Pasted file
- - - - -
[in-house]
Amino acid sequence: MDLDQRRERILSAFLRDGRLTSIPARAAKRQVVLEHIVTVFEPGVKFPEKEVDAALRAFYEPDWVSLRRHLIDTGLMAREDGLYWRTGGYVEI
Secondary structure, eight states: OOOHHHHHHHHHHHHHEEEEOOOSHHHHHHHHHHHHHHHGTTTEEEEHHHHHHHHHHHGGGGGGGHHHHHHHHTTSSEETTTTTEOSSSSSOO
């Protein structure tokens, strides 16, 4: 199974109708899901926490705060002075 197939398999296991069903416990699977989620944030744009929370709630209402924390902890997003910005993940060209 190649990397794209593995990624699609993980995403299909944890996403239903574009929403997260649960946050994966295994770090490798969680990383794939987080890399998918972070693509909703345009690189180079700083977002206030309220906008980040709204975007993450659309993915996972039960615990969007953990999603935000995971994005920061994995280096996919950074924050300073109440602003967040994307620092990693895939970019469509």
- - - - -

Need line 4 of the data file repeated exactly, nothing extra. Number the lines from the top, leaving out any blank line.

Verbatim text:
């Protein structure tokens, strides 16, 4: 199974109708899901926490705060002075 197939398999296991069903416990699977989620944030744009929370709630209402924390902890997003910005993940060209 190649990397794209593995990624699609993980995403299909944890996403239903574009929403997260649960946050994966295994770090490798969680990383794939987080890399998918972070693509909703345009690189180079700083977002206030309220906008980040709204975007993450659309993915996972039960615990969007953990999603935000995971994005920061994995280096996919950074924050300073109440602003967040994307620092990693895939970019469509």